Basic Royal Icing Recipe

This post first appeared on my other blog in 2013, but since I no longer maintain that one, I'm reposting some of my favorites here!

You can’t talk cookies without royal icing!

This is my go-to royal icing recipe.

And here’s a rundown of my work station during a cookie project.

I always decorate on wire racks.  I can easily move the cookies around as necessary, stack racks if I need to, and move all of the cookies quickly away from sticky little fingers!

Royal icing itself isn’t difficult, but there is a bit of a learning curve.  Click here for some of my earliest royal icing work.

From my experience, I can definitely tell you to invest in some good bottles and practice, practice, practice!

And trust me, if you have any “uglies”, there is usually someone around to eat it no matter how it looks!

Recipe Notes:
*You will usually find meringue powder at craft stores, such as Michael’s, or in the craft section at Walmart.
*Make sure that all bowls, decorating tips, bottles, and spoons are completely free from grease (Crisco, butter, oil, etc), otherwise the royal icing will not harden and set.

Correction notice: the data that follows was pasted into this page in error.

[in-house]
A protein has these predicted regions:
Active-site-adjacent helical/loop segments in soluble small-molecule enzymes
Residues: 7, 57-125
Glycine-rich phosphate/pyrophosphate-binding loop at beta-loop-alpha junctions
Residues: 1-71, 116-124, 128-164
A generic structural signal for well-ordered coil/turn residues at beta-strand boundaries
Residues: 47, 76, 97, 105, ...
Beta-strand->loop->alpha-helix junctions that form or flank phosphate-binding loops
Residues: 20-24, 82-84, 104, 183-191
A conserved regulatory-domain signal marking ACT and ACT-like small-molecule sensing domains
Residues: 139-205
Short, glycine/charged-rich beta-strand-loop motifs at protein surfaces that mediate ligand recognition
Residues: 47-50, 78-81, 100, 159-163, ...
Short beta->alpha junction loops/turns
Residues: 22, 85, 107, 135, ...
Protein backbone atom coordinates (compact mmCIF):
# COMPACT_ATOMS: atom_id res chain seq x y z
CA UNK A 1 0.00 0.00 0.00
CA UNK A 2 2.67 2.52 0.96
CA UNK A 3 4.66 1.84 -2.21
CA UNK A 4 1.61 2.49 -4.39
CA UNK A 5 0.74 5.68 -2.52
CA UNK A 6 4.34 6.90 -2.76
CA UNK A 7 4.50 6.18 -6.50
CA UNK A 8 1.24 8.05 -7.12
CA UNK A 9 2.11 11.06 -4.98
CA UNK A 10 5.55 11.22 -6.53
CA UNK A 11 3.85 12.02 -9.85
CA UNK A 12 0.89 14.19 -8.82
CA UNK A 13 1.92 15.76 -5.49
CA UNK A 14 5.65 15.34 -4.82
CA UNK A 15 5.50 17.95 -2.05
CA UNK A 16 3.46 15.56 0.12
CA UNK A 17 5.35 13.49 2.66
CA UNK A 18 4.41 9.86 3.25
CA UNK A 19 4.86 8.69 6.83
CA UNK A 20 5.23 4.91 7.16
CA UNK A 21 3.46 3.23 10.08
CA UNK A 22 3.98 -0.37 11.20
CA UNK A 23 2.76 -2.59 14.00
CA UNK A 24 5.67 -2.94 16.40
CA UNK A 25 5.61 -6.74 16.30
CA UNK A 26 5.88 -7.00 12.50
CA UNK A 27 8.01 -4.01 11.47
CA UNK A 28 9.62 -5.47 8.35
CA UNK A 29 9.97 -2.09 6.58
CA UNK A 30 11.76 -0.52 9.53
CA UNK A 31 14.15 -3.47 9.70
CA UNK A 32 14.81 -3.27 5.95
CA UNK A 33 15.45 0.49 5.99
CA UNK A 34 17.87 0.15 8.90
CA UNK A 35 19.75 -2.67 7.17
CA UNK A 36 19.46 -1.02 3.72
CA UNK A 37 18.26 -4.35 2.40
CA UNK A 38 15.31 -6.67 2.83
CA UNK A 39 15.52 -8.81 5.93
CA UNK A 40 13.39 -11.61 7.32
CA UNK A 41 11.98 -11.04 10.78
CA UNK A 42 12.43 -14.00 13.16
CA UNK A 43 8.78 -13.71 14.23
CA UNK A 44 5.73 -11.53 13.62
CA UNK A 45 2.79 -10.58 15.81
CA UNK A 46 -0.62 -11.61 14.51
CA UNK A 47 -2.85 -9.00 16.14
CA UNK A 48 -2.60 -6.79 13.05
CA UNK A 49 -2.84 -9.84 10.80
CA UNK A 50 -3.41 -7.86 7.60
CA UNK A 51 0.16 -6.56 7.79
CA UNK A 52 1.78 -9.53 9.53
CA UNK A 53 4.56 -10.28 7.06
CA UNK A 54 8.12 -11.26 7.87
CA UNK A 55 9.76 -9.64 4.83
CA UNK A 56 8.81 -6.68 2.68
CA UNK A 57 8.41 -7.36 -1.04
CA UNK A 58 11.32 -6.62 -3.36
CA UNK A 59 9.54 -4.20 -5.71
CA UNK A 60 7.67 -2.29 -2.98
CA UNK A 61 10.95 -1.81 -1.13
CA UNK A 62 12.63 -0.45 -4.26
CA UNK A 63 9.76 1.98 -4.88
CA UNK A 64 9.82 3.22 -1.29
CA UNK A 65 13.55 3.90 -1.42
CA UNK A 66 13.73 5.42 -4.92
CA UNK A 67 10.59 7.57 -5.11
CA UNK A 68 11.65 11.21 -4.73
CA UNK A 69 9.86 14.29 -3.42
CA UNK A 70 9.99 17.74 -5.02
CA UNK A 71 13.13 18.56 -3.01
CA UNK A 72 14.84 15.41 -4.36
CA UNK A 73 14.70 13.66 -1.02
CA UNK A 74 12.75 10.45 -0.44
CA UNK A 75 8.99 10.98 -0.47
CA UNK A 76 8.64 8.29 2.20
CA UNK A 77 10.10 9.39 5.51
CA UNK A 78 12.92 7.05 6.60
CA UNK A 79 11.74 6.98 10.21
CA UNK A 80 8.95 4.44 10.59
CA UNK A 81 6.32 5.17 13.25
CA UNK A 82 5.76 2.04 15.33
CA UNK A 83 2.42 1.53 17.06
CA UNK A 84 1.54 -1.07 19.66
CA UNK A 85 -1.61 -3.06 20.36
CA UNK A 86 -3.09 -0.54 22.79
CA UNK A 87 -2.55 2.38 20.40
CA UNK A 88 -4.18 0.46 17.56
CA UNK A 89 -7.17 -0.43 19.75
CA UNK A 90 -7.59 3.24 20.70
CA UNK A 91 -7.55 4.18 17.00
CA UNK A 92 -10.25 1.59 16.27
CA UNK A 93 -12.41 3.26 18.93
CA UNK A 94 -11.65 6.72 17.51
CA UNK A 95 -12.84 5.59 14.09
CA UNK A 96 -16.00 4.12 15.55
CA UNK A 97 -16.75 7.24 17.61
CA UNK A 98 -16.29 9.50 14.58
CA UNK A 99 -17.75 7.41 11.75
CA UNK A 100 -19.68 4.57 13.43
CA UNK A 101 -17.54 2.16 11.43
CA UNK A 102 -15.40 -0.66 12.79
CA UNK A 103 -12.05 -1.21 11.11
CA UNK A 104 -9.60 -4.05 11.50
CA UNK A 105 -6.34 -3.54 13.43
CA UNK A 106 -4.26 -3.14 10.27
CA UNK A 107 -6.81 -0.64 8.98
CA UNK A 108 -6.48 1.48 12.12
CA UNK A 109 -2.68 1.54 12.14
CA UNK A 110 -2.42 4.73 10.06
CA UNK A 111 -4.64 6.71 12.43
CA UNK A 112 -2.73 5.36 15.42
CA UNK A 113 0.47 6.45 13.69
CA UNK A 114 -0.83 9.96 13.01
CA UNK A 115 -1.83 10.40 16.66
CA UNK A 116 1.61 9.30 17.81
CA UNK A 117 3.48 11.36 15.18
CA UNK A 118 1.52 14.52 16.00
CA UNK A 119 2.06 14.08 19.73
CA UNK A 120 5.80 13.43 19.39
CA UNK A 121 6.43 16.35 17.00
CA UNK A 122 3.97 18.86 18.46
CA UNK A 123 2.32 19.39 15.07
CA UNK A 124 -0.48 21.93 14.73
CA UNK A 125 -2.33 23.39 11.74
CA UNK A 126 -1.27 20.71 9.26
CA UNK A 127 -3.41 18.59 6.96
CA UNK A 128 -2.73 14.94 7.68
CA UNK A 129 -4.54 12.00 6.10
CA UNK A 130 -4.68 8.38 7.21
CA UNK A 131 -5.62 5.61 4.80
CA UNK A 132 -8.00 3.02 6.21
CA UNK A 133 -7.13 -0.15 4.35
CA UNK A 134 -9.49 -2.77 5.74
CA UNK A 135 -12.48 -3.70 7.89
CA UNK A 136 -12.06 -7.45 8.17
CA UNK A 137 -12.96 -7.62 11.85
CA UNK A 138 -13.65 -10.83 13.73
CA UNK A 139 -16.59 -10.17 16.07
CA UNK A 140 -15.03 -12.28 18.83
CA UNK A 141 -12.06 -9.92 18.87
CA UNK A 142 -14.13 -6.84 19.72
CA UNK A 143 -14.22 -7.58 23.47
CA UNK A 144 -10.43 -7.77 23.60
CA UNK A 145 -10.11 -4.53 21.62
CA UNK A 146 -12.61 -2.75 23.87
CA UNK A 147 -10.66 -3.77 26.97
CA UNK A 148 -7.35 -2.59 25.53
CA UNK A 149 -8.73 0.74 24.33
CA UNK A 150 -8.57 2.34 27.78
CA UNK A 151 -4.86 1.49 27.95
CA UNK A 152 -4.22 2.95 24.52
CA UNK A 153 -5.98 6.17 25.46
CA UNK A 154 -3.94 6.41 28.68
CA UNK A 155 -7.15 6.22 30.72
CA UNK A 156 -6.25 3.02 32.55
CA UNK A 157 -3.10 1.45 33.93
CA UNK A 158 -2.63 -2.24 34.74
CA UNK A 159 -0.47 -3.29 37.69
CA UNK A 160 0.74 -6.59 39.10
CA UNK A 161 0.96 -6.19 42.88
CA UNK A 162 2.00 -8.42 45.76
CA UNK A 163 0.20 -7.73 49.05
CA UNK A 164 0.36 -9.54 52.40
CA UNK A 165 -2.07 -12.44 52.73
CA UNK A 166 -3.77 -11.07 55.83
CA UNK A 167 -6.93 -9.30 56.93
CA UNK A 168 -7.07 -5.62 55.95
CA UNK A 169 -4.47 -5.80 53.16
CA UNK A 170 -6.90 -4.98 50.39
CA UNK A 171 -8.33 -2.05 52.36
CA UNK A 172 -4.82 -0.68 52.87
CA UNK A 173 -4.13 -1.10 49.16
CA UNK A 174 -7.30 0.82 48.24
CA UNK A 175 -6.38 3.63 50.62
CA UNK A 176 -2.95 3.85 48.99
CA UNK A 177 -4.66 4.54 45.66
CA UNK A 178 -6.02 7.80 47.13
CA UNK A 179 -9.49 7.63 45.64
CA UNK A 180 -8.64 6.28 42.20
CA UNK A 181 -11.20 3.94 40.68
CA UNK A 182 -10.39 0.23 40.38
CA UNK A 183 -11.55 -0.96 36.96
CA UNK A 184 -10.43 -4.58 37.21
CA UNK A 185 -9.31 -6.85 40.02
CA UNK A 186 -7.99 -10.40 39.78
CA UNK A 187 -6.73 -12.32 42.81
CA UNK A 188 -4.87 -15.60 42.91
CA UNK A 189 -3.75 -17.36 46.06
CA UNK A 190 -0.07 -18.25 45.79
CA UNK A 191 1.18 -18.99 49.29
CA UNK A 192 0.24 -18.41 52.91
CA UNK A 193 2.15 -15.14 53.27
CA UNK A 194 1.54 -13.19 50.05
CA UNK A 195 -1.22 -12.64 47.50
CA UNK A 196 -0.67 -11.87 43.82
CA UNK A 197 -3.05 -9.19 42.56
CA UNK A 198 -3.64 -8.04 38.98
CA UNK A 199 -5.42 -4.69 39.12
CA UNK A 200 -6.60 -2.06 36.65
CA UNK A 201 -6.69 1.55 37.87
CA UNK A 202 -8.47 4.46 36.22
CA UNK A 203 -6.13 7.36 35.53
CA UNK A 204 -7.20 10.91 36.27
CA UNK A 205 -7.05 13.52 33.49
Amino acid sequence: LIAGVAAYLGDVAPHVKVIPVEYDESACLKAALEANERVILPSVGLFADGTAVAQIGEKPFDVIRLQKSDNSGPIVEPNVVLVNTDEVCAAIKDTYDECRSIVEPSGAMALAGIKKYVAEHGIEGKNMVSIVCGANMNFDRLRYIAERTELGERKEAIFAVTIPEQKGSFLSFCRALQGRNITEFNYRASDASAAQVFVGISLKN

*Be aware that some flavor extract (such as orange) contain oils that will compromise the royal icing.
*Be sure to tint the royal icing before thinning it.

Royal Icing
Recipe from Wilton

3 tbsp meringue powder
4 cups confectioner’s sugar
1 tsp almond or vanilla flavoring (optional)
4-6 tbsp water
Gel food coloring

In the bowl of a stand mixer, combine the meringue power, powdered sugar, and 4 tablespoons water in the bowl of an electric mixer. 

Add the additional 2 tablespoons of water as necessary to make a nice, stiff icing (not runny).  

Beat for 7-10 minutes on low or until the icing forms peaks.  Note: If using a hand mixer, set it to high and beat for 10-12 minutes.

Separate the royal icing into bowls and tint to desired colors.  Be sure to tightly cover any royal icing that is not in use.

To pipe words, do cake detailing, or make gingerbread houses:

Leave the icing stiff or thin to a medium stiffness.  Load with icing into a decorating bag fitted with the desired tip and decorate.

To flood cookies:

Once all of the icing is tinted, add small amount of water, no more than ½ teaspoon at a time, to the icing.  Keep adding water and stirring until the royal icing runs off the back of a spoon and disappears into icing in the bowl within 10-15 seconds.  Cover the icing and set aside for 10 minutes.

Very gently stir the icing to pop any bubbles and pour the icing into decorating bottles, fitted with a small decorating tip (I typically use a 2 or 3), if applicable.  Keep bottles inverted in a glass while not in use to streamline decorating.  Decorate as desired.